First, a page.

Jun. 11—As far as his scholastic athletics go, JT Vendetti is done playing tennis.
The recent graduate of Conneaut High School will set his sights on college and preparing for his career.
Those traits he picked up on the court are the same ones he plans to continue to lean on for future success.
Traits such as work ethic, self-discipline, strategizing, and sportsmanship.
“Tennis teaches you so much,” Vendetti said. “In the whole growing up and maturing process, tennis kind of gave me a jump-start on that aspect.
“When you’re playing a singles match, you’re out there by yourself. I know you have a coach, but when you’re competing for a point, in the heat of things, you only have yourself and your own mind. You have to keep yourself in check.”
Venditti kept in check all three years he was able to play for the Spartans. This season, he posted a record of 19-5 playing first singles and qualified for the Division II district tournament.
He made it to districts all three years that he played for Conneaut.
Vendetti has been named the Ashtabula County Player of the Year as agreed upon by the coaches.
“It’s a huge honor,” he said of the recognition. “I know there are other very well-deserving people of the award. Ashtabula County has some very good tennis players and I’m honored to receive the award.”
Venditti was introduced to the game when he was just 9 years old. Within a few years, he fell in love with not just the challenge of continuously being able to return shots, but the uniqueness of the game and the strategizing required to become a good player.
“I found great enjoyment in the sport because it was something different and not a lot of kids were doing it,” he said. “I became a fan of the strategy, play-making and all aspects of the sport. I wanted to do something different, so I gave it a shot.”
Vendetti’s shot took him from the local tennis courts in Conneaut to a racquet club in Erie where he received more coaching and faced many more players.
The experience taught him another aspect involved in tennis — humility.
“Not only are there many different strategies, but it was really a kind of humbling experience when I found out there are a lot of other kids out there that are a lot better than me,” he said. “That really motivated me to get better at the sport.”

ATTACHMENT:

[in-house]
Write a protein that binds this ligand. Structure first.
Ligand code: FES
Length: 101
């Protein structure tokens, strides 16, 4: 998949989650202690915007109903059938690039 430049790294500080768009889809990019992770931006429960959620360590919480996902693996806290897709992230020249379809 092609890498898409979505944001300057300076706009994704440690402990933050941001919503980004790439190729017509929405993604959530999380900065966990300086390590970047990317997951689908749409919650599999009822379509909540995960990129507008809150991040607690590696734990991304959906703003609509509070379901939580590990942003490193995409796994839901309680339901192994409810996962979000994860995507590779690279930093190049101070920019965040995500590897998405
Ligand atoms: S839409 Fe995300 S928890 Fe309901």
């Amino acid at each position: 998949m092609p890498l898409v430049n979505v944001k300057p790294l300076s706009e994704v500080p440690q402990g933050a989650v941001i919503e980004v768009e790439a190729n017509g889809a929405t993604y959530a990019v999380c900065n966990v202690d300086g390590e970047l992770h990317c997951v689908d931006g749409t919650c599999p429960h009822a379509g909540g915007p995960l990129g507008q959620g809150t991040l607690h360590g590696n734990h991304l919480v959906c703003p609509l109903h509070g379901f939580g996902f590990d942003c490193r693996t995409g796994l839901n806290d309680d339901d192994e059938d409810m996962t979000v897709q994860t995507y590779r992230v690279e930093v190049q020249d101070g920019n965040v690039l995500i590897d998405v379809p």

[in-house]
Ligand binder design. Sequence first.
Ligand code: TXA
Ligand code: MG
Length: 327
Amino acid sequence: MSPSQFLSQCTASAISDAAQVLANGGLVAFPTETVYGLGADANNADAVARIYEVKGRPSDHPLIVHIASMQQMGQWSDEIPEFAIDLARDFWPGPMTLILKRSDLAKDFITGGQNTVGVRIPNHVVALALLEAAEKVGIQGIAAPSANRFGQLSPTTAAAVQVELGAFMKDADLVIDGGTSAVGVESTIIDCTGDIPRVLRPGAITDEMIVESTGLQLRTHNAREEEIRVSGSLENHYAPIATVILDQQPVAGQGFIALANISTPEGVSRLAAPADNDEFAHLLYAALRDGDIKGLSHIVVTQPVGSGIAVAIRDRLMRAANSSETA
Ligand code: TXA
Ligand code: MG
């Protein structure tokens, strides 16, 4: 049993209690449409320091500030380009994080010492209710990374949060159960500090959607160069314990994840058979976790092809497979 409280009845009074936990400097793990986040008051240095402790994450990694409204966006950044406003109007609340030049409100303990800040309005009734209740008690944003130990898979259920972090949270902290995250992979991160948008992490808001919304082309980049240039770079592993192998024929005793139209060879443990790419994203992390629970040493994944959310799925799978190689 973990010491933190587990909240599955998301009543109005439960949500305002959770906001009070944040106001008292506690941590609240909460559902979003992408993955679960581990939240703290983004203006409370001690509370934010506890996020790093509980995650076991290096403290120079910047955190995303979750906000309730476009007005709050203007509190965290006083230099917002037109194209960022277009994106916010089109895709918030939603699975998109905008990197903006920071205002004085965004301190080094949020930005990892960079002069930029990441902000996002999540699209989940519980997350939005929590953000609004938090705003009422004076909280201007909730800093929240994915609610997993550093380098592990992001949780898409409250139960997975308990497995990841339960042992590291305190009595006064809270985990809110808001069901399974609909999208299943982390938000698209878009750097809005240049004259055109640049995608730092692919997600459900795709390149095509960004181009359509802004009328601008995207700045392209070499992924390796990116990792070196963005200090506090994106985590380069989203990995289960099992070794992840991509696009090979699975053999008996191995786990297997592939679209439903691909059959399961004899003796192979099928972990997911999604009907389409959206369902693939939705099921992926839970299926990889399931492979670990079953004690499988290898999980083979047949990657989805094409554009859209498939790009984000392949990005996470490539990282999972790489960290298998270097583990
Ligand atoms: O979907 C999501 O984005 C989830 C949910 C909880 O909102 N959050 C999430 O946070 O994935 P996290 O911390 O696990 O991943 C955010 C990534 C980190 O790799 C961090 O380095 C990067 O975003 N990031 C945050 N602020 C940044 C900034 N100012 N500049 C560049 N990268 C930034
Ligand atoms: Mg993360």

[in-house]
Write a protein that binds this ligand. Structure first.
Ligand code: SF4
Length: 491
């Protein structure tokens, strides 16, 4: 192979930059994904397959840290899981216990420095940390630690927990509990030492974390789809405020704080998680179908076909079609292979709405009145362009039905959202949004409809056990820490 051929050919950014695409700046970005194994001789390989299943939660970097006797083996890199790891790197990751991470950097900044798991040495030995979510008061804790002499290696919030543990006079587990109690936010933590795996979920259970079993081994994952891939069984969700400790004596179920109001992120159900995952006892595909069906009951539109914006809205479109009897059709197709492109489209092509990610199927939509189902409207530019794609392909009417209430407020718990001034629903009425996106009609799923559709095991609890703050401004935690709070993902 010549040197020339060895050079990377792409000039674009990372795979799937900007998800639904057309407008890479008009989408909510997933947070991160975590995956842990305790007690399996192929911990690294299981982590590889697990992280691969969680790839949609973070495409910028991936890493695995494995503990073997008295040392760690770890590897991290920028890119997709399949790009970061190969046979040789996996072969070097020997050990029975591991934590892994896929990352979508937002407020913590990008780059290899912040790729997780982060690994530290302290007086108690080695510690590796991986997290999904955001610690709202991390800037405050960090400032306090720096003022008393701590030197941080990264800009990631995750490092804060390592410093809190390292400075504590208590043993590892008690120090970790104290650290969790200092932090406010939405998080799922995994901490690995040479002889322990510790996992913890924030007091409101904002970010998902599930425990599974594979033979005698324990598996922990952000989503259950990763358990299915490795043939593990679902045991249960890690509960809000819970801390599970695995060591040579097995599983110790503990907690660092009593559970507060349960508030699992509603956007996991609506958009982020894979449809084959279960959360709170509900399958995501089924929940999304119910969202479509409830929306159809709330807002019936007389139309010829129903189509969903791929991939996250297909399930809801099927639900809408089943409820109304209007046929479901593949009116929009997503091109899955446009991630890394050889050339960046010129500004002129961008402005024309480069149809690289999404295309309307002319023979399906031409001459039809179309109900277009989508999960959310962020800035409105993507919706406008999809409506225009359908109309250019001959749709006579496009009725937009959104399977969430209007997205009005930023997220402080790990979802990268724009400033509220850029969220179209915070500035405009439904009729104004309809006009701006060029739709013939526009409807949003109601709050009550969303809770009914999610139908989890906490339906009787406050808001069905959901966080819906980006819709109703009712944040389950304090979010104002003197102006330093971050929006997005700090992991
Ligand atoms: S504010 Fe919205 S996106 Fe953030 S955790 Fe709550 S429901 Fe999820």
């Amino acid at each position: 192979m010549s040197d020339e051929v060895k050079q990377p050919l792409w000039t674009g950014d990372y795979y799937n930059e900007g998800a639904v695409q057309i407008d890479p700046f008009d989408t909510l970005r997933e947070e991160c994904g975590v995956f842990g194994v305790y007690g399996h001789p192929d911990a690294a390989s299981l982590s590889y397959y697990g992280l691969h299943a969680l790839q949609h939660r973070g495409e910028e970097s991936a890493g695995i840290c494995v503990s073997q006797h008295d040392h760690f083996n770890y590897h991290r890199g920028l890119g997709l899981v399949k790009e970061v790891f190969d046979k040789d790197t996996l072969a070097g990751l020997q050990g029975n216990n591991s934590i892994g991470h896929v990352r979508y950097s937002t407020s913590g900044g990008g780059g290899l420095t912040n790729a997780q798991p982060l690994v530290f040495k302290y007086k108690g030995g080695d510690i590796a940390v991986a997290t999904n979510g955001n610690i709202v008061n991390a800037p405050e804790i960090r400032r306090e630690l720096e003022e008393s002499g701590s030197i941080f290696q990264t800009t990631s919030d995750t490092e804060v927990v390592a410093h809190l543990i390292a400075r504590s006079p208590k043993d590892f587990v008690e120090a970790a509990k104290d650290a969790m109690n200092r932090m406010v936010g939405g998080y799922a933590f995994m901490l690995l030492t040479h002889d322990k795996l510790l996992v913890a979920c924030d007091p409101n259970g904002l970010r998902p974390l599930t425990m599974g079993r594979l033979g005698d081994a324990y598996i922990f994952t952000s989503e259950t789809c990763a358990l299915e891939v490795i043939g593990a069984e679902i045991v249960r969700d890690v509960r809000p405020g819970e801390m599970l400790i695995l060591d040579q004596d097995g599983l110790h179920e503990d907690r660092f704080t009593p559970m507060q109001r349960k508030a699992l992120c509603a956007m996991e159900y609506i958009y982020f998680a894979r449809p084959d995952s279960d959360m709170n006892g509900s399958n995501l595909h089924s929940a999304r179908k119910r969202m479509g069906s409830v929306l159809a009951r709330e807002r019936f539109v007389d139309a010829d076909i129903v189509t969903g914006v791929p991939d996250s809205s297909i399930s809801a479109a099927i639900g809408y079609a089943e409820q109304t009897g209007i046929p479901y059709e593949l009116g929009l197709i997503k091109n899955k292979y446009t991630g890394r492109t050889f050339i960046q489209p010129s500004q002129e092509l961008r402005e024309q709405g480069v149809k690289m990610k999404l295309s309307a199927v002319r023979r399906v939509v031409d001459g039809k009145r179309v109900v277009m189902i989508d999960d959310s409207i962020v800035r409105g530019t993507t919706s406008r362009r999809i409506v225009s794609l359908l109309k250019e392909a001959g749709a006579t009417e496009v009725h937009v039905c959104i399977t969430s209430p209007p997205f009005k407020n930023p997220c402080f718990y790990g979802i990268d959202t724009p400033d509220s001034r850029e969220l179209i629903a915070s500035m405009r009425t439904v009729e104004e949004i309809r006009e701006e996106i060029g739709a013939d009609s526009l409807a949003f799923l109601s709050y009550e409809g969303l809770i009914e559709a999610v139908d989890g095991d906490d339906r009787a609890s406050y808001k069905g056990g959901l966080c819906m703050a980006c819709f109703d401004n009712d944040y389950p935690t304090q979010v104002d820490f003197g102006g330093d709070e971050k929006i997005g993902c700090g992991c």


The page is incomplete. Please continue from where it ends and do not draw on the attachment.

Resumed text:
Getting better meant not only working on his own game but studying other players to determine what strategy would work best against them.
It was a part of his game Spartans coach Doug Hedrick certainly appreciated.
“He studies opponents very well,” Hedrick said. “What they’re strong at, what they’re not so strong at, and he takes advantage of their weaknesses. He’s very aware of what’s going on on the court and that is something that is one of the things that makes him an outstanding player. He’s an awesome strategist.”
Not only was he strong at preparing for a match, Vendetti also had the skill and ability to meet different players with a variety of tactics.
“He could adjust all the time,” Hedrick said. “He would make adjustments to what he’s against. He’s never set on playing a specific way. He would adjust to what his opponents were doing, to what would give him the best chance to win.”
Hedrick appreciated his ability to win matches for his team. But, even those that were tasked with competing against him, had the utmost respect for not only his game but the individual he was as well.
“JT is a great player and even better kid off the court,” said Geneva’s Tyler Perkins, who played Vendetti twice this season said. “His sportsmanship is phenomenal. He shows a lot of respect for his coaches, his opponents, and his teammates. He’s just an all-around good guy.”
Vendetti’s demeanor, even after a loss, was something opposing coaches could appreciate.
“The one thing I really admire about JT is he really competes hard,” St. John coach Todd Nassief said. “But,when the match is over, he’s friends with you. He can really compartmentalize the match, then when it’s over, he puts it on the shelf. I really admire him, Dave DiSalvatore, and Tyler Perkins. They’ve all been trying to beat each other, but they have all kind of formed a bond and a friendship.”
Vendetti is heading to Columbus this fall to attend The Ohio State University where he’ll study computer science.
He plans to attack his academics and career with the same mindset he used in tennis.
As for the game itself, it’s something Vendetti still expects to enjoy.
“Absolutely, he said. “I’ve never lost my enjoyment and I never will lose my enjoyment for the sport. It’s something that is just a part of me now.”
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